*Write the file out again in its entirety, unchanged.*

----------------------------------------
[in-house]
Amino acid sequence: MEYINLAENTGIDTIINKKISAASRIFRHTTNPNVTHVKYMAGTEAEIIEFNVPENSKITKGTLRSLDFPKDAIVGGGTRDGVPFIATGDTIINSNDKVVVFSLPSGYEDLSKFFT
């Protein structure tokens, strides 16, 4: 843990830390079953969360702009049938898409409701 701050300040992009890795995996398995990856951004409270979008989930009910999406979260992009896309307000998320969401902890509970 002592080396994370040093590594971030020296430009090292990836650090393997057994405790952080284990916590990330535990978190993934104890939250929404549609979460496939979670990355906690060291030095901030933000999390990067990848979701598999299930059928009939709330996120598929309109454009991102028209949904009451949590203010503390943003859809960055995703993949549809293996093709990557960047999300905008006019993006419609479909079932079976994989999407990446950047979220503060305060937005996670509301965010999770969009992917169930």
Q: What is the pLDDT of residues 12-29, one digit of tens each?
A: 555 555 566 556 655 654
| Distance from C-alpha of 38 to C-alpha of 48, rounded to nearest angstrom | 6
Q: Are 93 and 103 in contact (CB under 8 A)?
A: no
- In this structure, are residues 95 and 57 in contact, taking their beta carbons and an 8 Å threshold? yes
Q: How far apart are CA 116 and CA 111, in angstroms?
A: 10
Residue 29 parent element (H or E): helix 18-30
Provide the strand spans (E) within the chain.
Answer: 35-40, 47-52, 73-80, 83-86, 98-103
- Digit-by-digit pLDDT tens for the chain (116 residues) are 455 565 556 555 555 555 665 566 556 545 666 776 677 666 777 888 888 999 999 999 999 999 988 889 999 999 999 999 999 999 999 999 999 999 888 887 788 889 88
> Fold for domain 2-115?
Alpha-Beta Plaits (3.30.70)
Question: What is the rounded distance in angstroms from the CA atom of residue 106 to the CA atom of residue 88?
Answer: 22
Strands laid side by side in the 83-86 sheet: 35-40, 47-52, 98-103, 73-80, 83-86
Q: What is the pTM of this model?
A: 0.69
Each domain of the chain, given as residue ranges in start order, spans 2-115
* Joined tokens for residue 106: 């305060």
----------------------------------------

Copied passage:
[in-house]
Amino acid sequence: MEYINLAENTGIDTIINKKISAASRIFRHTTNPNVTHVKYMAGTEAEIIEFNVPENSKITKGTLRSLDFPKDAIVGGGTRDGVPFIATGDTIINSNDKVVVFSLPSGYEDLSKFFT
């Protein structure tokens, strides 16, 4: 843990830390079953969360702009049938898409409701 701050300040992009890795995996398995990856951004409270979008989930009910999406979260992009896309307000998320969401902890509970 002592080396994370040093590594971030020296430009090292990836650090393997057994405790952080284990916590990330535990978190993934104890939250929404549609979460496939979670990355906690060291030095901030933000999390990067990848979701598999299930059928009939709330996120598929309109454009991102028209949904009451949590203010503390943003859809960055995703993949549809293996093709990557960047999300905008006019993006419609479909079932079976994989999407990446950047979220503060305060937005996670509301965010999770969009992917169930």
Q: What is the pLDDT of residues 12-29, one digit of tens each?
A: 555 555 566 556 655 654
| Distance from C-alpha of 38 to C-alpha of 48, rounded to nearest angstrom | 6
Q: Are 93 and 103 in contact (CB under 8 A)?
A: no
- In this structure, are residues 95 and 57 in contact, taking their beta carbons and an 8 Å threshold? yes
Q: How far apart are CA 116 and CA 111, in angstroms?
A: 10
Residue 29 parent element (H or E): helix 18-30
Provide the strand spans (E) within the chain.
Answer: 35-40, 47-52, 73-80, 83-86, 98-103
- Digit-by-digit pLDDT tens for the chain (116 residues) are 455 565 556 555 555 555 665 566 556 545 666 776 677 666 777 888 888 999 999 999 999 999 988 889 999 999 999 999 999 999 999 999 999 999 888 887 788 889 88
> Fold for domain 2-115?
Alpha-Beta Plaits (3.30.70)
Question: What is the rounded distance in angstroms from the CA atom of residue 106 to the CA atom of residue 88?
Answer: 22
Strands laid side by side in the 83-86 sheet: 35-40, 47-52, 98-103, 73-80, 83-86
Q: What is the pTM of this model?
A: 0.69
Each domain of the chain, given as residue ranges in start order, spans 2-115
* Joined tokens for residue 106: 């305060």